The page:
Magnetic North Pole

Compass laying on SARBC jacket

Magnetic North Pole

Journey to the Top (or the Relocated Dip)

Ray Talson, Search & Rescue Society of BC

The North Magnetic Pole – of interest to navigators for centuries – but no one knew exactly where it was.

A study was done by the Department of Energy, Mines and Resources, Geological survey of Canada, Geophysics Division, to determine the exact location of the North Magnetic Dip Pole (NMDP). This is the location where the north seeking end of the compass needle wants to point straight into the ground. The study was published by the Canadian Journal of Earth Sciences, Vol. 23, 1986. The study was authored by L.R. Newitt and E.R. Niblett. This review is based on pages 1062 through 1067 of that study. Continue reading “Magnetic North Pole”

Understanding and Using a Map

Victoria and Area Map

Understanding & Using a Map

Ray Talson, Search & Rescue Society of BC

The idea of “map” is apparently a fundamental concept. The term is often used, literally and symbolically, without explanation, suggesting that “map” is so well understood that no definition is needed. This is a delusion.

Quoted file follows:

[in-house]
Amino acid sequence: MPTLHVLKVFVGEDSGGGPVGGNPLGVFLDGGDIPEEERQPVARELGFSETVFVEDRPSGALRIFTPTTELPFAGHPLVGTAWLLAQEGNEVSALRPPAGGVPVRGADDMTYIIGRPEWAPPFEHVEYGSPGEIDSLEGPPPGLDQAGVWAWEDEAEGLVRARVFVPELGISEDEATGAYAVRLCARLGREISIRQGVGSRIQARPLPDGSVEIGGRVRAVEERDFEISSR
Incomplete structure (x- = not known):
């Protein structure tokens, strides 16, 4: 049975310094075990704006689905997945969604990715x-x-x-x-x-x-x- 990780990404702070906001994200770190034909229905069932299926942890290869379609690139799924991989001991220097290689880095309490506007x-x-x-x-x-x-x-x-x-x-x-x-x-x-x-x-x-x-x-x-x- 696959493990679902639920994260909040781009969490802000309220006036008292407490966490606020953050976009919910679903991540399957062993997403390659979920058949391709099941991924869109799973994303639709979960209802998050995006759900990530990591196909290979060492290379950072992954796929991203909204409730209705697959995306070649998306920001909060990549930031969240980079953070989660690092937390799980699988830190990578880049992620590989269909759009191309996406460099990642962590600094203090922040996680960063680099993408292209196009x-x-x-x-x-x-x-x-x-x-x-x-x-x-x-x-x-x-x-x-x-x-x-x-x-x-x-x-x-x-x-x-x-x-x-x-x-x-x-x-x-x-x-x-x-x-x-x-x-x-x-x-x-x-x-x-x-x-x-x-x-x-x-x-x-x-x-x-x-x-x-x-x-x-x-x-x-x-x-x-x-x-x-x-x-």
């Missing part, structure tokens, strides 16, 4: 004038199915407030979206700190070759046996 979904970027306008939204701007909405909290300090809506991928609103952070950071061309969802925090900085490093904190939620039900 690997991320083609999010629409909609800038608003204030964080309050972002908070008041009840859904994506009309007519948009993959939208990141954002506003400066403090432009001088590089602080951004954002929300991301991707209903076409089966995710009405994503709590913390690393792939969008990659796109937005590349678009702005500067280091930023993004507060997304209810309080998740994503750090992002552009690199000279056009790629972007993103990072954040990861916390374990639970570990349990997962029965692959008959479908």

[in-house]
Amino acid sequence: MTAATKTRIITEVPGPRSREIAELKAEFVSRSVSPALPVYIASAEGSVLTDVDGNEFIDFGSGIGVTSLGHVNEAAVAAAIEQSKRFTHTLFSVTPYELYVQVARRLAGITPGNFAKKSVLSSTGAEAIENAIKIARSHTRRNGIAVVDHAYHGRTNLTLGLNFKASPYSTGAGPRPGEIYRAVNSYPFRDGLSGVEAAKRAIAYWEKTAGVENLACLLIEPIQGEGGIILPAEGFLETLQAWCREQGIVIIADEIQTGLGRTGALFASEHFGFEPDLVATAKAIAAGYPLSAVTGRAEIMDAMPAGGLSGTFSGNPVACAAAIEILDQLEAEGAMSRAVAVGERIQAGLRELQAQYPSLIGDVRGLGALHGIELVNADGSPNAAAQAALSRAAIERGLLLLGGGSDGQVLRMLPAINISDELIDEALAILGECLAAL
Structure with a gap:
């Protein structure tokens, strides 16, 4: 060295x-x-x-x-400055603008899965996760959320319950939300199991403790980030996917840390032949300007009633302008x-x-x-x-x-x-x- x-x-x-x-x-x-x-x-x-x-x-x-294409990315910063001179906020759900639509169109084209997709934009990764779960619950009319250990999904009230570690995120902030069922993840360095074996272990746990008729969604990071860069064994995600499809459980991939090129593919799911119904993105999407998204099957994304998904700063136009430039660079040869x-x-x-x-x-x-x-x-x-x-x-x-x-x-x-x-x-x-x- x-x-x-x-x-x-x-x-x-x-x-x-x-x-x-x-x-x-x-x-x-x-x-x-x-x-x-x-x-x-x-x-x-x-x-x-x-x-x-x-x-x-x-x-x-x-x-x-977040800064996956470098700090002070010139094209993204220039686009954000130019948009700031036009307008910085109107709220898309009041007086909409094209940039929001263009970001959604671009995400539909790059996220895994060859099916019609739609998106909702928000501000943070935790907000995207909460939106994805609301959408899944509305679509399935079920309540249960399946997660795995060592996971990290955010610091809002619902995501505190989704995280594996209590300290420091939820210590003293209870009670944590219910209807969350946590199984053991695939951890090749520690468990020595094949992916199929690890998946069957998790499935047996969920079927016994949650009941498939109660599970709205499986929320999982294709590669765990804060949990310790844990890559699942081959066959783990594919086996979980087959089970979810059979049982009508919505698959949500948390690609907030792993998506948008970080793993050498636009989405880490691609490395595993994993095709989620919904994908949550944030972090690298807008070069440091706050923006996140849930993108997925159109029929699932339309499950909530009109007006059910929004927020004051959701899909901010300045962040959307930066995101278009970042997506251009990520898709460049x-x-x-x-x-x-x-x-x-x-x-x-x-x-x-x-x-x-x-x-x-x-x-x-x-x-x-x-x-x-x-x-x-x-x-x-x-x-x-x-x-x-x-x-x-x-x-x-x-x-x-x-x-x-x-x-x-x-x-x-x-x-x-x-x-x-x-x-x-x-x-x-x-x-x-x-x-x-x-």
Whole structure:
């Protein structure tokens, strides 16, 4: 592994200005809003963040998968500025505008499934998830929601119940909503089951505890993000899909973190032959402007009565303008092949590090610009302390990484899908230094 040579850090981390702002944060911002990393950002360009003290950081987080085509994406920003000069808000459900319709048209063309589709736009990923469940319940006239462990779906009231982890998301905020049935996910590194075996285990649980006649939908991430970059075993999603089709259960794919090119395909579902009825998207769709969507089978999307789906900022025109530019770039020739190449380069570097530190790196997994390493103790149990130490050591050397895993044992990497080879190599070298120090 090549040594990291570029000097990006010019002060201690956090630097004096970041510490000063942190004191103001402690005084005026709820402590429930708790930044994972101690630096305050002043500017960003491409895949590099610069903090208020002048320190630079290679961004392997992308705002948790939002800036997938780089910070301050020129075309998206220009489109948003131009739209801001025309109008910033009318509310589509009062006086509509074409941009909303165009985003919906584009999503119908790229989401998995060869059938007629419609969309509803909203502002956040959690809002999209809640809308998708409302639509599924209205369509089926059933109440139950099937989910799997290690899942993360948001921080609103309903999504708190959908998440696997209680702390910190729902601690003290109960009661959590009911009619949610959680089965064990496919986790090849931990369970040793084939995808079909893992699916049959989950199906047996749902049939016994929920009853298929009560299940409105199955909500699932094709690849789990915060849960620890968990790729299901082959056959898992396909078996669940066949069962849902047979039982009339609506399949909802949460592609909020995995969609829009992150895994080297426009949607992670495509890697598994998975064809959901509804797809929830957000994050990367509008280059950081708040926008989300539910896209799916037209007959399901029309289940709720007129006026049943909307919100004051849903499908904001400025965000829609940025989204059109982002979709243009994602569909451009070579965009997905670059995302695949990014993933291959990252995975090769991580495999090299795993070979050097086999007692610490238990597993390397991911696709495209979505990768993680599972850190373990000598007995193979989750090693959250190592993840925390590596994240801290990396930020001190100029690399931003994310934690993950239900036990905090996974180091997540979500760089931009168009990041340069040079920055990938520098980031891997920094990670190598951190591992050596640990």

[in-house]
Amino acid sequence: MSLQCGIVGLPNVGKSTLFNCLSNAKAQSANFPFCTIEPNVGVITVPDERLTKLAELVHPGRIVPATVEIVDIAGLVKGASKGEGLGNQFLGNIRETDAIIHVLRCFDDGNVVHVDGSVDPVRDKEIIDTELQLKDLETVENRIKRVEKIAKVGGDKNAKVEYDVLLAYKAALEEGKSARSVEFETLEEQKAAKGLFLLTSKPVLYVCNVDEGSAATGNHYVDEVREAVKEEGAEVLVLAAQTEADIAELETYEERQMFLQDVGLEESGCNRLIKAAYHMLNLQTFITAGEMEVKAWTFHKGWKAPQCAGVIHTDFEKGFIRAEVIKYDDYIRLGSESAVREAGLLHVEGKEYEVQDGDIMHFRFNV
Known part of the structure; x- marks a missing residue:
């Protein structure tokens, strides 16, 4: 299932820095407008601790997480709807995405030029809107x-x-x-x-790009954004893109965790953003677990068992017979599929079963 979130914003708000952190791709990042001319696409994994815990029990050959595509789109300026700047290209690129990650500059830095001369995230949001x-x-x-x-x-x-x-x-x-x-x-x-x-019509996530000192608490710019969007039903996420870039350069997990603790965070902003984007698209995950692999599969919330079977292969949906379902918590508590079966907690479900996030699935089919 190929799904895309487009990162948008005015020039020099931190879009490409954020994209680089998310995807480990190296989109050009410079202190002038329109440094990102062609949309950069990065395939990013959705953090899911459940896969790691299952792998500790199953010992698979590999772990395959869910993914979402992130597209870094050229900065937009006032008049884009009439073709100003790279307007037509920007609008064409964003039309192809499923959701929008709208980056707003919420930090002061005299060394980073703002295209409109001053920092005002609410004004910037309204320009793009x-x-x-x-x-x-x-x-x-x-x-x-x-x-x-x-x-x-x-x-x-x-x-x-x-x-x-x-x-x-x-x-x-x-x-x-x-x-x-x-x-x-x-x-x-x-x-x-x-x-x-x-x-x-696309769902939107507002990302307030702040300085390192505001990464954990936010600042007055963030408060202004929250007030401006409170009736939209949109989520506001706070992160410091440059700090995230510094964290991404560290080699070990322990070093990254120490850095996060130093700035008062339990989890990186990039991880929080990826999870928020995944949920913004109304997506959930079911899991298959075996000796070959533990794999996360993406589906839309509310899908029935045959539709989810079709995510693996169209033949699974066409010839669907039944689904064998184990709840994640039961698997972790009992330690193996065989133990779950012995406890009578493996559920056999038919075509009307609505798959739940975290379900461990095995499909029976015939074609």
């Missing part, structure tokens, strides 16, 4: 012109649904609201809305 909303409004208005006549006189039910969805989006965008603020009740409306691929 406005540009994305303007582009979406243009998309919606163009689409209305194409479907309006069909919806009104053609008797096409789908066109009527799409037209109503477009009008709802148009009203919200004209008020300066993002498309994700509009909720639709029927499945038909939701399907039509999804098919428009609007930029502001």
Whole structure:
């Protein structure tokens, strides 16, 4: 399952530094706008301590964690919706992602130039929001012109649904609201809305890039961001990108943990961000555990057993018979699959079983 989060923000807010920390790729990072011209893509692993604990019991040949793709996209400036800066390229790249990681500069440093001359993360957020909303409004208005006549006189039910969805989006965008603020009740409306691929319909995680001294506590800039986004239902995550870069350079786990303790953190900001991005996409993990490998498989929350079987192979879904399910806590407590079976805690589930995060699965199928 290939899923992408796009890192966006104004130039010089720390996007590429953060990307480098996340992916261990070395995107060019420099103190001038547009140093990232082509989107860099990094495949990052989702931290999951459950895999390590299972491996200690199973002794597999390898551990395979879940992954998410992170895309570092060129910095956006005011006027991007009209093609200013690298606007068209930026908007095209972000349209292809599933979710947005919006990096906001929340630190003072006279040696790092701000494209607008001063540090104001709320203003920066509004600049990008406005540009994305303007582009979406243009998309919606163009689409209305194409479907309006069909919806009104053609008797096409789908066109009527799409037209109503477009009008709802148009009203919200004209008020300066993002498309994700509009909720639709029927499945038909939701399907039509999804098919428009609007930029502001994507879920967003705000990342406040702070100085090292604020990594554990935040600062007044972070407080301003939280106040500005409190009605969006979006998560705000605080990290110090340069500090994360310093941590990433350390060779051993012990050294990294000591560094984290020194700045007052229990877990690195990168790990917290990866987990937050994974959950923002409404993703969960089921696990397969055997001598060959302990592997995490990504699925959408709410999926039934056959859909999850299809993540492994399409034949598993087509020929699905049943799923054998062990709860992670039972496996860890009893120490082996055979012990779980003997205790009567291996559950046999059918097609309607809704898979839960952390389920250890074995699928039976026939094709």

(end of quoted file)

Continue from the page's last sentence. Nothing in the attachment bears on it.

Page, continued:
When analyzed, a map is seen to be a complex representation for area or a refined method for communicating knowledge about an unforgiving environment. Because maps are fundamentally different from other forms of communication, they must be specially perceived, and singular assumptions are a necessary basis for their creation.

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Understanding and Using a Compass

Compass laying on SARBC jacket

Understanding & Using a Compass

Ray Talson,  Search & Rescue Society of BC

Half of an effective navigation system is the map, the other half is the compass. A compass is basically just a magnetized needle that, when allowed to move freely, points in one direction, and that is Magnetic North. This needle gives you a reference point for measuring all other directions.

All compasses do essentially the same thing, but more expensive models offer more features that make them easier to use. One convenient feature is a liquid filled capsule that slows the needle down. A compass with a rectangular base is easier to use with a map than a round compass. Compasses with features such as rotating dials, built in declination settings, and direction of travel arrows simplify compass use. Get the best you can afford.

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